DCSIMG

Seawater quality problem comes under the spotlight

WAYS to ensure that Hastings seawater will meet strict new European quality standards coming into force next year are set to be discussed by councillors on Monday.

Stringent new regulations which effectively halve the permitted level of bacterial pollution mean the beach at Hastings is in jeopardy of failing to achieve European standards, despite improvements in the town’s seawater quality.

One of the main reasons it may not pass the test is the outfall pipe for the stream running through Alexandra Park, and measurements are taken very close to this spot.

Other factors including run off from roads also contribute to the problem.

A two-month investigation into sewer faults has just been completed and the results have been reported to Southern Water, which is fixing its network and the council’s environmental health team, which is ensuring misconnections on private property are addressed.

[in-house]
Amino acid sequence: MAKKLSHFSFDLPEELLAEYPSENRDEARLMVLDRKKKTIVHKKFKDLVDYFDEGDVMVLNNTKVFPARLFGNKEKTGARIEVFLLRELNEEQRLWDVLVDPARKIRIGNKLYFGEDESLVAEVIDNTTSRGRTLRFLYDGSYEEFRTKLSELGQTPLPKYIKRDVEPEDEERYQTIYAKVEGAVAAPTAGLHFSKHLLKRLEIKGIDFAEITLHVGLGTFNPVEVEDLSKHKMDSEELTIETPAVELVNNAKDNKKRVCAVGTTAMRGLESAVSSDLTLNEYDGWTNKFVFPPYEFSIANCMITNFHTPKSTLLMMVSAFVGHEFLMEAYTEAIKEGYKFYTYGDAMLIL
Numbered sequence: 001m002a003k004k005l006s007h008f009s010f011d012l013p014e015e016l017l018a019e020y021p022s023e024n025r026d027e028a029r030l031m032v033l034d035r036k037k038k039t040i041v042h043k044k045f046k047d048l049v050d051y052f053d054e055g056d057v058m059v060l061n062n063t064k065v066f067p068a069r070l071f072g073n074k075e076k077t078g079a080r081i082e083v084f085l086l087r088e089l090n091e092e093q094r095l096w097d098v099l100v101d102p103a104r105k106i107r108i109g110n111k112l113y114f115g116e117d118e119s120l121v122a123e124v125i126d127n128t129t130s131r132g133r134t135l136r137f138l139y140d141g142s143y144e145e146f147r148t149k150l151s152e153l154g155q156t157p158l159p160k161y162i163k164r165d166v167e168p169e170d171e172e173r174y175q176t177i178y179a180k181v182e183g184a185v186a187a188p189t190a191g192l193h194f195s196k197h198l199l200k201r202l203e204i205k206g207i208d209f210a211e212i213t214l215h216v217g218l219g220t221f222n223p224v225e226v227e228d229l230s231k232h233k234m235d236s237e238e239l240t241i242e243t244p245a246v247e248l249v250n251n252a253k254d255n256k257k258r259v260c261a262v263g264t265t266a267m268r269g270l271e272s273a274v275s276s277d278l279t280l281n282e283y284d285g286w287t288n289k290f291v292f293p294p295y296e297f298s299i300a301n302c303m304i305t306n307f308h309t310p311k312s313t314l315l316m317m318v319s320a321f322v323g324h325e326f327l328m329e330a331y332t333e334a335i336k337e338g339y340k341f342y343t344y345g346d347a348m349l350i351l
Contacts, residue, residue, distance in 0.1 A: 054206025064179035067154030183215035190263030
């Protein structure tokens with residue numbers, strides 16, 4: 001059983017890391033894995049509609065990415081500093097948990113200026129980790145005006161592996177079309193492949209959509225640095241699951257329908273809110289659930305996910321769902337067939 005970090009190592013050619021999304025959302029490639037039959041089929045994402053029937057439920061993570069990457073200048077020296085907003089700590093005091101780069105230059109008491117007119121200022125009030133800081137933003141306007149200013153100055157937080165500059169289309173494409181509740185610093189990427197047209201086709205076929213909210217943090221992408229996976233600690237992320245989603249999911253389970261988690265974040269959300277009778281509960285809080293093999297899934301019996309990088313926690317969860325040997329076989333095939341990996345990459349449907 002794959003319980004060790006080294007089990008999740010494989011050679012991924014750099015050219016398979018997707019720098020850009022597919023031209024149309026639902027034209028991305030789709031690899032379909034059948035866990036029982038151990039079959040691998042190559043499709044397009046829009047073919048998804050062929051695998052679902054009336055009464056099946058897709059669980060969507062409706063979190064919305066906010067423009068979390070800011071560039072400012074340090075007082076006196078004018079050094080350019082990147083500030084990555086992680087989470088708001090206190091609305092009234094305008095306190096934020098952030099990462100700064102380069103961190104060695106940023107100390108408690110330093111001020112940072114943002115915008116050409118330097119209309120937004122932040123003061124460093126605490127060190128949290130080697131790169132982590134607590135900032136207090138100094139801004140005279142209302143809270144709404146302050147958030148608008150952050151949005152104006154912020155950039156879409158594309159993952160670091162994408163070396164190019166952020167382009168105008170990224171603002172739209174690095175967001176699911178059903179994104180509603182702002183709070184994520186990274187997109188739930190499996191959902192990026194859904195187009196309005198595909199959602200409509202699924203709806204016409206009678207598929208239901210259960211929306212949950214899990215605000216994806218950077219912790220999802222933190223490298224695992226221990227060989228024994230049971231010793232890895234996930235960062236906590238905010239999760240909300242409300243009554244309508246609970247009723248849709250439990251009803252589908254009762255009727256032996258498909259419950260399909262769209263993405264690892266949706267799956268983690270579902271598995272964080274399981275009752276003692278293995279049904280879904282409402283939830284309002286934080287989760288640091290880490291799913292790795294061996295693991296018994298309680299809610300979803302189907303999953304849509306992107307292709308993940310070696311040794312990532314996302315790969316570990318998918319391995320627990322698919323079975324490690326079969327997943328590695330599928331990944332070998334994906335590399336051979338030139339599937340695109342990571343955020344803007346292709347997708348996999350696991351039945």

Members of Hastings Borough Council Cabinet will be commenting on a review that identifies the main factors causing bacterial pollution and action needed to pass the test.

Among the options being considered are diverting the Alexandra Park stream into the sewer network during the bathing season, extending the outfall further out to sea or treating the stream by chemical dosing or ultra violet light.

In a report to councillors, Simon Hubbard, director of regeneration, wrote: “Economically, the impact of failing the quality test is likely to be severe on the visitor, cultural and fishing economies. The damage to the image of the town might be longer term, even if a failure was quickly rectified.

“The issue, clearly, is of environmental concern. Although the quality of seawater has consistently risen in the last years it is importnat that Hastings can demonstrate its beaches are safe for residents and visitors alike.”

Tests are also carried out at a second spot in the borough, at St Leonards, which is viewed as being able to pass the new standard with ease.

 

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